Acta Neurochirurgica

, Volume 156, Issue 9, pp 1823–1823 | Cite as

Modified open-door laminoplasty for the surgical treatment of cervical spondylotic myelopathy in elderly patients. Biomechanical concerns

  • Marcel IvanovEmail author
Letter to the editor - Spine


Elderly Patient Major Disadvantage Clinical Deterioration Cervical Spondylotic Myelopathy Short Life Expectancy 
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Dear Editor

I have read with interest the article about Modified open-door laminoplasty for the surgical treatment of cervical spondylotic myelopathy in elderly patients [1] and would like to add few comments.

It is well recognized that in addition to spinal cord decompression one of the purposes of the laminoplasty is preservation of the posterior tension band, represented by nuchal ligaments, supraspinous and interspinous ligaments as well as yellow ligaments [2, 3, 4]. This is the well-described benefit of laminoplasty over laminectomy, which allegedly will help to reduce the risk of postoperative neck deformity (postoperative kyphosis) [5].

The authors of this article described an elegant technique, where the laminas are transsected bilaterally and temporarily removed en bloc. This obviously involves disconnection of the laminas from the cranial and caudal attachments.

I can clearly see the technical benefits of this technique; however, I think it has a major disadvantage. This technique involves disruption of the posterior tension band. As a result of this, the expected benefit of laminoplasty over laminectomy is eliminated. This may not be a major problem in patients with relatively short life expectancy; however, in young patients this will inevitably lead to inversion of the normal lordosis and clinical deterioration. Therefore, I think that the described technique is not going to bring any significant benefit over laminectomy when the biomechanically important posterior tension band is disrupted. In addition to this, there would be a few drawbacks represented by the additional cost of implants and additional time required to fix the laminas back.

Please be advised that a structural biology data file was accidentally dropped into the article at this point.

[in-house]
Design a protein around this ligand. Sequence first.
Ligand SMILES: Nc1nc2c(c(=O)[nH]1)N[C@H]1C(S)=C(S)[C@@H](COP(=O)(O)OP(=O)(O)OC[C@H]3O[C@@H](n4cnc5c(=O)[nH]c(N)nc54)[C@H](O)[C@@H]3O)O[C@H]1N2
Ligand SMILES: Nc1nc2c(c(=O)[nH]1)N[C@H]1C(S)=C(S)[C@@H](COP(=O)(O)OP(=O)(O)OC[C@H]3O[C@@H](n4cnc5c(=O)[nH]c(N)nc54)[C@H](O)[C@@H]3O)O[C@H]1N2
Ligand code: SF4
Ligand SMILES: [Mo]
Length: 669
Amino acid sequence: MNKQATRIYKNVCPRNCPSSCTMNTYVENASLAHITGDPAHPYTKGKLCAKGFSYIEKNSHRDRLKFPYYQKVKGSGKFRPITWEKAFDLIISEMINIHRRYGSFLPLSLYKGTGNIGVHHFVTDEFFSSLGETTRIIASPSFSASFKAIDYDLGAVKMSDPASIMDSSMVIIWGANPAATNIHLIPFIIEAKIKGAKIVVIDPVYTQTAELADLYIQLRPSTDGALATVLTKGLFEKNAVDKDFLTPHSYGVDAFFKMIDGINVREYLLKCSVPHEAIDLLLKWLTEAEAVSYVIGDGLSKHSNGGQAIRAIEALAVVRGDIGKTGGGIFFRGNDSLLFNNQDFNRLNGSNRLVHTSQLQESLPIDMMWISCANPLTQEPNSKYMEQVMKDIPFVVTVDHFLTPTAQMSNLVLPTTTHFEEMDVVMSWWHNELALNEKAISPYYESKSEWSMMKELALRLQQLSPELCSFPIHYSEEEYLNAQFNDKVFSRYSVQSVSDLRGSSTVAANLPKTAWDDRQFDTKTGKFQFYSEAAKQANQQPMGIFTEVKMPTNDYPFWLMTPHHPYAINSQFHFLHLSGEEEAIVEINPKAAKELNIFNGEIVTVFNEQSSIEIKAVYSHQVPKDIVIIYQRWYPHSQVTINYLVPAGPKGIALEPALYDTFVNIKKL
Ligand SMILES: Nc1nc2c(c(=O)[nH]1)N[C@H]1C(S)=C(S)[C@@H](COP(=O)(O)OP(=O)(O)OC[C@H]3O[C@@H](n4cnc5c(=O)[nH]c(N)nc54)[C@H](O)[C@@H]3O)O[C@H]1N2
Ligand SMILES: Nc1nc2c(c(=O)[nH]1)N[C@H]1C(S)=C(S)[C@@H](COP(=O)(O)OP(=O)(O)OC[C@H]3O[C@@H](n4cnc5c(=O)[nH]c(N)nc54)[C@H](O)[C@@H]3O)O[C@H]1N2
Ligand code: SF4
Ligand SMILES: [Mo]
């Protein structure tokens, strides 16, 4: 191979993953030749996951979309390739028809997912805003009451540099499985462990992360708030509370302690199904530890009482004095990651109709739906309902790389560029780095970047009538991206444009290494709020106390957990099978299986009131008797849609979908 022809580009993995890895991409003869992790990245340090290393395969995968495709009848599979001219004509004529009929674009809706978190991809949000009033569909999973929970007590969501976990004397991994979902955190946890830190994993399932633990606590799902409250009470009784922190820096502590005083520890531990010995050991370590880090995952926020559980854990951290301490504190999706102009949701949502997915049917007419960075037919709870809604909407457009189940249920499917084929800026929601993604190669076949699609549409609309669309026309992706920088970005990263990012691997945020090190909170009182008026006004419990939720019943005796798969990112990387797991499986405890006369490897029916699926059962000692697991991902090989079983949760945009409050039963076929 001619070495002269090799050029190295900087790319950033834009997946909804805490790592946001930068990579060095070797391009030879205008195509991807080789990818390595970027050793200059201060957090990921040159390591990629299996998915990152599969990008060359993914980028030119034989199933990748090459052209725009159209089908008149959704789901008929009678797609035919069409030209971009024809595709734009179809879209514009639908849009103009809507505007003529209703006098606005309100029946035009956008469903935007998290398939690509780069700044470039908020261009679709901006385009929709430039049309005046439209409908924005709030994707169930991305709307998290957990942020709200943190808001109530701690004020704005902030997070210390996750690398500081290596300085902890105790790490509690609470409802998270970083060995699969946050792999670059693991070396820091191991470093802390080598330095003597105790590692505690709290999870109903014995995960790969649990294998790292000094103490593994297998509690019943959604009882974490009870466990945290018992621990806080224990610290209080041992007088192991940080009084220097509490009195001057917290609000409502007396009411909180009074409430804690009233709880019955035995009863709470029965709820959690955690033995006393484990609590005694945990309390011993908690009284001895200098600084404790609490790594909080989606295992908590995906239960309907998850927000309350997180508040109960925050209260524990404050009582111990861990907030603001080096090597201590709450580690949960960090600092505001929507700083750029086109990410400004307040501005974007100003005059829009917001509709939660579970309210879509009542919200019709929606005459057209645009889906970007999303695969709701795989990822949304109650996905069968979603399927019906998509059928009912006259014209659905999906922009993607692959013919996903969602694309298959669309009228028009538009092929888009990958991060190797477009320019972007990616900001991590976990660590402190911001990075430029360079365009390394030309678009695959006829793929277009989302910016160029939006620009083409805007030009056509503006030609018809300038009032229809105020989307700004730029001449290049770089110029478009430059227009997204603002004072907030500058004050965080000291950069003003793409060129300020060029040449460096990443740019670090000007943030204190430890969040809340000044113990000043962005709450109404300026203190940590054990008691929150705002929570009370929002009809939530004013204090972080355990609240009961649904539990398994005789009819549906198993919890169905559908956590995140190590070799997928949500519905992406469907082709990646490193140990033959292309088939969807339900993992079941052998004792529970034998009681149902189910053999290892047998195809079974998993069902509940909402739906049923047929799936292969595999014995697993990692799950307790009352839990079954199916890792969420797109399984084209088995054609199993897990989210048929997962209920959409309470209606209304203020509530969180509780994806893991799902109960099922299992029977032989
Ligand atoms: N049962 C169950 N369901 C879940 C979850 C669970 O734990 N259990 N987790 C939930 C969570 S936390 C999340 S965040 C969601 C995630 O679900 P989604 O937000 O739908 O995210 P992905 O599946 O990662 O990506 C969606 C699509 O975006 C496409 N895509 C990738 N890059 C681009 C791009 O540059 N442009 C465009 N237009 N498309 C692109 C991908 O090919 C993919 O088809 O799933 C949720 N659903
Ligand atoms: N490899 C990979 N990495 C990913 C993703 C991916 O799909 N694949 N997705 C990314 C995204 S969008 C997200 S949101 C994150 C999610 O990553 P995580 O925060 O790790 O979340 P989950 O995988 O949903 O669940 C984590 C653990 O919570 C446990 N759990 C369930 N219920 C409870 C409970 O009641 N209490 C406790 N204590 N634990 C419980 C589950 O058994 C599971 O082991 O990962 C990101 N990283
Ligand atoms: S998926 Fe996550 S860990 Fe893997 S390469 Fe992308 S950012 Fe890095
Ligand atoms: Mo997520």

Unfortunately, I could not see the long-term outcome results after such procedures, which I think would be beneficial prior to suggesting this technique. It is important to notice that the images published in the article demonstrated excellent spinal cord decompression; however, there is an already recognizable reduction of the normal lordosis on the postoperative scans.

A critical assessment of the biomechanics of the spine is of paramount importance, and the effects of disruption of the posterior tension band should be carefully analyzed and clinically scrutinized.


  1. 1.
    Konig SA, Spetzger U (2014) Modified open-door laminoplasty for the surgical treatment of cervical spondylotic myelopathy in elderly patients. Acta Neurochir 156:1225–1230PubMedCrossRefGoogle Scholar
  2. 2.
    Iwakura M, Yamamoto K, Nagashima T, Tamaki N (1999) [Surgical technique and long-term follow-up of laminoplasty using titanium miniplates]. No shinkei geka. Neurol Surg 27:525–531Google Scholar
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    Roselli R, Pompucci A, Formica F, Restuccia D, Di Lazzaro V, Valeriani M, Scerrati M (2000) Open-door laminoplasty for cervical stenotic myelopathy: surgical technique and neurophysiological monitoring. J Neurosurg 92:38–43PubMedCrossRefGoogle Scholar
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    Tani S, Isoshima A, Nagashima Y, Tomohiko Numoto R, Abe T (2002) Laminoplasty with preservation of posterior cervical elements: surgical technique. Neurosurgery 50:97–101, discussion 101–102PubMedGoogle Scholar
  5. 5.
    Sinha S, Jagetia A (2011) Bilateral open-door expansive laminoplasty using unilateral posterior midline approach with preservation of posterior supporting elements for management of cervical myelopathy and radiculomyelopathy—analysis of clinical and radiological outcome and surgical technique. Acta Neurochir 153:975–984PubMedCrossRefGoogle Scholar

Copyright information

© Springer-Verlag Wien 2014

Authors and Affiliations

  1. 1.Department of NeurosurgeryRoyal Hallamshire Hospital, Sheffield Teaching HospitalsSheffieldUK

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